Here it is - the list of what we think is worth keeping an eye on over the next 12 months, including the opinions of our experts who suggested them.  

1. More immersive video, AR and cross-format content

First up is content, primarily the increase of more advanced content formats. Immersive video and AR is by no means new, but usage has definitely grown more rapidly in the past 12 months.

Strategy director Duncan Heath says:

“360/180 degree (or "Immersive" video) is going to be really big in 2019 I think. Video is already growing at an incredible rate within content marketing, but VR videos take this to a new level, without the need for headsets, therefore I think it will become far more popular, especially given that costs for 360/180 cameras are plummeting. I think of of the best examples I have seen has been from National Geographic."

Related to this point, another of our strategy directors, Nate Wood, believes that AR content will increase in its application.

“AR is going to push ahead in 2019, leading to much more immersive brand experiences, the ability to really tell brand stories and will really help to blend the physical experience with the virtual. AR will help to join up digital and physical journeys and might actually bring substantial relevance back to the high street and the physical shopping experience.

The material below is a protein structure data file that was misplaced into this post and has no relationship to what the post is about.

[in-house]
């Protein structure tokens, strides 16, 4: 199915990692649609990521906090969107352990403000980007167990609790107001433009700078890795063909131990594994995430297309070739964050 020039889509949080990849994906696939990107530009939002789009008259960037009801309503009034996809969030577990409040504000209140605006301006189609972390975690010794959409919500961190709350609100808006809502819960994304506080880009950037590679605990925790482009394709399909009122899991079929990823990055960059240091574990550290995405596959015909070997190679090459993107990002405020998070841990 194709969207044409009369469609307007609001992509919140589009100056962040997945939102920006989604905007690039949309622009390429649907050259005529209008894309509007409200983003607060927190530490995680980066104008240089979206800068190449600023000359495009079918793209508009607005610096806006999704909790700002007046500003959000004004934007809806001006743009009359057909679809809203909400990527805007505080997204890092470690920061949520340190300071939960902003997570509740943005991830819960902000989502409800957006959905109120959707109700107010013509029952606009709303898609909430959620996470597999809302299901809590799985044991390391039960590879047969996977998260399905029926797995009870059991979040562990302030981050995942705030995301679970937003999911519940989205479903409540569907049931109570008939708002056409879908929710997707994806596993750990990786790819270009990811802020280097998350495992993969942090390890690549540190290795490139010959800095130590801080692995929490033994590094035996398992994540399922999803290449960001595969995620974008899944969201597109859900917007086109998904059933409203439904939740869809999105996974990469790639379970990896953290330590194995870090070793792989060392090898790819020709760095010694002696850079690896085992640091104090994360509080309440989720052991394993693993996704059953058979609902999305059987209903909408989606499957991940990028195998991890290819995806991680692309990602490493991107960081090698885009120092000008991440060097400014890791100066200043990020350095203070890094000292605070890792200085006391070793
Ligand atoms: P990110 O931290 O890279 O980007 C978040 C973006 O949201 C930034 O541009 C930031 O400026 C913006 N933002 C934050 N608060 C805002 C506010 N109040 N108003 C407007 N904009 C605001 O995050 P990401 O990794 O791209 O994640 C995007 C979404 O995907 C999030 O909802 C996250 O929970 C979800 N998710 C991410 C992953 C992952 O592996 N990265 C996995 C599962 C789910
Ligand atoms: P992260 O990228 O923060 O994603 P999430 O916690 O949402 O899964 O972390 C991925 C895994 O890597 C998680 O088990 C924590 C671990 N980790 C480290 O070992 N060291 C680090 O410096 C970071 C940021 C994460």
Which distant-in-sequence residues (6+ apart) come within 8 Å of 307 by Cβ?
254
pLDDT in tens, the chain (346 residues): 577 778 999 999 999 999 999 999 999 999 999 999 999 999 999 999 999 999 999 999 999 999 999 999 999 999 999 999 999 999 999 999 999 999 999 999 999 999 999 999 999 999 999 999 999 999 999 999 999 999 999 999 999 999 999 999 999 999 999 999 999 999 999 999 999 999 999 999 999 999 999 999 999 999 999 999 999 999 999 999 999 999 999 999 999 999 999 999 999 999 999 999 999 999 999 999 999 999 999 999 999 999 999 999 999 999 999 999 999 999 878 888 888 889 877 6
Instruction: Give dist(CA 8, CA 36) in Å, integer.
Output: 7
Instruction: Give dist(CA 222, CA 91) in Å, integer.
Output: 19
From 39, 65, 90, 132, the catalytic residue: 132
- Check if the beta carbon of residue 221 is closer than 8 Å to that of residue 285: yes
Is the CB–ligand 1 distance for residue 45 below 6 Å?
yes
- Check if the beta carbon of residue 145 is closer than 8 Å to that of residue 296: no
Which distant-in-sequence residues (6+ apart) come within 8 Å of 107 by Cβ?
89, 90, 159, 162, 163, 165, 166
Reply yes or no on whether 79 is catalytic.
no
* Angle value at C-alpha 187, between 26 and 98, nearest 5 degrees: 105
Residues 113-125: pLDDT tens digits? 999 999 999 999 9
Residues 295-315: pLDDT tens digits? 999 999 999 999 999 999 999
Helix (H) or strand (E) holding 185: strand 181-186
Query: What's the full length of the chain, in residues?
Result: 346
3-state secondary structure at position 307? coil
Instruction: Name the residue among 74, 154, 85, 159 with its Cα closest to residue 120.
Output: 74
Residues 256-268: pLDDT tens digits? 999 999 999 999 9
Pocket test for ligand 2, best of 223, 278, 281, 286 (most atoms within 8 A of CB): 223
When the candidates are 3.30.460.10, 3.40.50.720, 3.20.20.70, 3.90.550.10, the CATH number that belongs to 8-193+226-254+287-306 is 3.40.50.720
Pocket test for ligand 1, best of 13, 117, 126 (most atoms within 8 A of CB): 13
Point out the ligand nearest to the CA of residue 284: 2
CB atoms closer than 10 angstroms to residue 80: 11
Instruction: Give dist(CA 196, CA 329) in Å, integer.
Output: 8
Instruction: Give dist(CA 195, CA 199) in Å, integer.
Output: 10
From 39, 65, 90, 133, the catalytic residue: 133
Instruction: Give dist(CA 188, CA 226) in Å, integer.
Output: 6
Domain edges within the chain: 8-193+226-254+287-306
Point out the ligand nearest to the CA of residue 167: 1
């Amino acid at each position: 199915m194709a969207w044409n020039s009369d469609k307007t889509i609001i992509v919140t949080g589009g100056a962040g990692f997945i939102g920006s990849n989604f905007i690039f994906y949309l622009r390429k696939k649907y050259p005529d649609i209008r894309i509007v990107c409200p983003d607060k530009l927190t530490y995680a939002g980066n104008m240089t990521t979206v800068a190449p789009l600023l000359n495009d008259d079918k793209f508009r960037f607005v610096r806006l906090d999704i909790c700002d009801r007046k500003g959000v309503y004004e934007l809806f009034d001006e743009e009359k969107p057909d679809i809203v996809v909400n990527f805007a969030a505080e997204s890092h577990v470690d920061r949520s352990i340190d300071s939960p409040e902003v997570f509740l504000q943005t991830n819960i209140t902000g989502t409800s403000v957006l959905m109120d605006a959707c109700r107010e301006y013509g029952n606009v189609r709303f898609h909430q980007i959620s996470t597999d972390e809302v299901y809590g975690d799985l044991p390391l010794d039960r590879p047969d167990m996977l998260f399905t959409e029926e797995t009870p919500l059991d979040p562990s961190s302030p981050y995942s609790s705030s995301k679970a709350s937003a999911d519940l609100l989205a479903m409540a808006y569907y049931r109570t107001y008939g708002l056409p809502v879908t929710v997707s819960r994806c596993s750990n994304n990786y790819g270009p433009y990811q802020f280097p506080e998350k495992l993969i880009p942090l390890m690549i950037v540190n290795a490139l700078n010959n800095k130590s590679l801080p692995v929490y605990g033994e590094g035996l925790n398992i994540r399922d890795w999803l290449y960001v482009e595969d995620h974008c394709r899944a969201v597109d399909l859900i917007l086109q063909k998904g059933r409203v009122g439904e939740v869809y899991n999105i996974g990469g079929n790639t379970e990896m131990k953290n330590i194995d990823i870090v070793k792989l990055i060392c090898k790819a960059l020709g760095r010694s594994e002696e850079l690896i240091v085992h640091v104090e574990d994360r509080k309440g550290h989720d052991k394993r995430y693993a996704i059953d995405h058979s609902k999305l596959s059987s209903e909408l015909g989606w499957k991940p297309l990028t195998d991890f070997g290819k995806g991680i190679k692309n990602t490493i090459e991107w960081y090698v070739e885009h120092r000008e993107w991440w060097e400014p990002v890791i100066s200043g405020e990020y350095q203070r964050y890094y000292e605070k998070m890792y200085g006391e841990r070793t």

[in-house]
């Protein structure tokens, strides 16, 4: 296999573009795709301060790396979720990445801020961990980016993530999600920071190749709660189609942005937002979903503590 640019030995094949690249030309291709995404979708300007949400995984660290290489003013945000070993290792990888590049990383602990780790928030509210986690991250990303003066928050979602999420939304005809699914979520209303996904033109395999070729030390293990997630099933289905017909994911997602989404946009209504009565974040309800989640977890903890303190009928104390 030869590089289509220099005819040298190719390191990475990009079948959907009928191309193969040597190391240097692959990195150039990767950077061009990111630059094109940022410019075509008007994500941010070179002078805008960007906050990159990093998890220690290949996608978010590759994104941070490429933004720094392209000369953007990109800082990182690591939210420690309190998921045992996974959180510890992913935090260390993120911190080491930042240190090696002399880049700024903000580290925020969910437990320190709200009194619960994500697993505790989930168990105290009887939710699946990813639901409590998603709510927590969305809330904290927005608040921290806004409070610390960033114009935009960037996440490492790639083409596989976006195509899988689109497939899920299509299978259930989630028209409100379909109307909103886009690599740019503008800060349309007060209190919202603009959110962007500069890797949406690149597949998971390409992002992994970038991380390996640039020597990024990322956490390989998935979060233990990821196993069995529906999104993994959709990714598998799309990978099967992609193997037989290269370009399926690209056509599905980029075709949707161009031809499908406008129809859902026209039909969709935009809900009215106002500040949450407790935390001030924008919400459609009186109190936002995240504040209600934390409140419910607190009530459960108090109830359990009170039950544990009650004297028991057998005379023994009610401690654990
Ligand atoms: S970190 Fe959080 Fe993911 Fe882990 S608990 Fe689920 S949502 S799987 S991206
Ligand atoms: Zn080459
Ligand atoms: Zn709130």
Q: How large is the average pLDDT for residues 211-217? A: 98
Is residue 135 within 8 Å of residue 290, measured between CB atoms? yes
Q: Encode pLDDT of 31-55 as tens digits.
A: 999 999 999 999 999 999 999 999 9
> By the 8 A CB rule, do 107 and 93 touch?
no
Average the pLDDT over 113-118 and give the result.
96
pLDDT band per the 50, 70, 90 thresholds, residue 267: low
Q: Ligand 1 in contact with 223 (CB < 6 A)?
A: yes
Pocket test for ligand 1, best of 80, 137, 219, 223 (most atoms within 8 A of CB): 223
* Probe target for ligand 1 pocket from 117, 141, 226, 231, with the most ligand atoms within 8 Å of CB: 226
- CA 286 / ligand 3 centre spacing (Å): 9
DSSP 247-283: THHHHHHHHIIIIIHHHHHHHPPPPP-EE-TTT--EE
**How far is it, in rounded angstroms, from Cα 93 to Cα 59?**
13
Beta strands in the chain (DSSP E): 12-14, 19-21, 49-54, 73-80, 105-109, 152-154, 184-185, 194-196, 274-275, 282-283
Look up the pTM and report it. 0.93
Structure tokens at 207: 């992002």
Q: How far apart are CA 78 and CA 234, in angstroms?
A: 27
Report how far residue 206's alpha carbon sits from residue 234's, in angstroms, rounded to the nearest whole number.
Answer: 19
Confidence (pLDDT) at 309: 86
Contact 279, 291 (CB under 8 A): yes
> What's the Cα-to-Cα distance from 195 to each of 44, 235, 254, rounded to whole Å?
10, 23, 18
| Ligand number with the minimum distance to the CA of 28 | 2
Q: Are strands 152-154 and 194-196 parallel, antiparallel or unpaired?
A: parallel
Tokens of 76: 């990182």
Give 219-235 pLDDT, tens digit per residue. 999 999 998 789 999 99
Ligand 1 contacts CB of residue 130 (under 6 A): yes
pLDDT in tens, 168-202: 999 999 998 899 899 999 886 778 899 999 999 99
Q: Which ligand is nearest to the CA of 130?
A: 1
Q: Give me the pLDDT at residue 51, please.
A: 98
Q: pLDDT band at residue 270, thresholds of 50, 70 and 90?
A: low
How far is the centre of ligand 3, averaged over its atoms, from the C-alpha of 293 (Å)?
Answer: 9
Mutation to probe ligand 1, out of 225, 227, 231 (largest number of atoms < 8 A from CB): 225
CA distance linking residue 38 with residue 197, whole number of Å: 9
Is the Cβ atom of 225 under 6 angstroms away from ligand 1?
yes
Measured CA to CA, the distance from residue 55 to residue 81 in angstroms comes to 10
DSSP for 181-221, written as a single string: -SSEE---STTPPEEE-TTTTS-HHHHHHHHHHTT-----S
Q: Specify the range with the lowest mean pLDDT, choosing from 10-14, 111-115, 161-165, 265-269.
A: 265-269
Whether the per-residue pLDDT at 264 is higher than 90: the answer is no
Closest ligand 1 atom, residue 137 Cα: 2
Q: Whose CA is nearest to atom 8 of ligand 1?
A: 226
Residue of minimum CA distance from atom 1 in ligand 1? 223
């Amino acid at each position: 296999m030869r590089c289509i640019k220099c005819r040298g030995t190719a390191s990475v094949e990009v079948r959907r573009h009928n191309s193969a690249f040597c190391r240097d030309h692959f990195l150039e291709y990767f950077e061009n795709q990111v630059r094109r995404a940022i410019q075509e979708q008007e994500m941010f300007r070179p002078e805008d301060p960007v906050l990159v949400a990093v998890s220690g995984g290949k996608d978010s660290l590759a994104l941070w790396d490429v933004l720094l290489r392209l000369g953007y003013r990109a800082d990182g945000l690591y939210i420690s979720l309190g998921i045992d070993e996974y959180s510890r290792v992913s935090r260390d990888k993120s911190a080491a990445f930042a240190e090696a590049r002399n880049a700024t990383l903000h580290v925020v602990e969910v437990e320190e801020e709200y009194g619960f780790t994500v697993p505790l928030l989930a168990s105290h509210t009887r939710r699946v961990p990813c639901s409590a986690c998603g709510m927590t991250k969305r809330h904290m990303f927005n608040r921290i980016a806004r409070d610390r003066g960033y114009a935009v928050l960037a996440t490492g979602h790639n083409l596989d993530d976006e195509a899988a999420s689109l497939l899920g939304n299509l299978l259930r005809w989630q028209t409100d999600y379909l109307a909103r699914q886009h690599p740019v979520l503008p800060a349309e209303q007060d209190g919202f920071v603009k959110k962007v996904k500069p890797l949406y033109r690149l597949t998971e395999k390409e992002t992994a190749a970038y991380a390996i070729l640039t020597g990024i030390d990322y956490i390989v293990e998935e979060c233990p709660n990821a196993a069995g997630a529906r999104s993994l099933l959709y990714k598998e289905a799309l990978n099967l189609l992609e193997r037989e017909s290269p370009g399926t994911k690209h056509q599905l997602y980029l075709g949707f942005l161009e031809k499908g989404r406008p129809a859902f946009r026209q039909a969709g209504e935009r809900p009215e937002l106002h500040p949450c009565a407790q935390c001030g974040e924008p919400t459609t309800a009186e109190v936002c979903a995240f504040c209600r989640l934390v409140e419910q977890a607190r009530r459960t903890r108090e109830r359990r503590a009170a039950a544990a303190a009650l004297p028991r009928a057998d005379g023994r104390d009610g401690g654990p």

AR could be the saviour of bricks and mortar retail and print media. What's amazing for me is that it really capitalises on the behaviour of using different media on different types of devices all at the same time.

National Geographic has been blending digital and print with AR magazine covers, interactive articles and inserts. This video demonstrates the capabilities nicely”

As well as the delivery format of content, there is also going to be an increase in the way in which content is delivered across devices.

Callum Grantham, content and social media manager, said:

“There have been interesting developments in this space and it’s set to continue to grow in the next year.

The concept is based on the ability to deliver different content to users, depending on where they are and what they are doing (‘the moment’ they are in). For example, if someone is reading content on their laptop, then leave the office and pick up on the same website, but whilst on a train on their mobile, they might go from longer-form to shorter-form text articles, or from watching a video to listening to audio.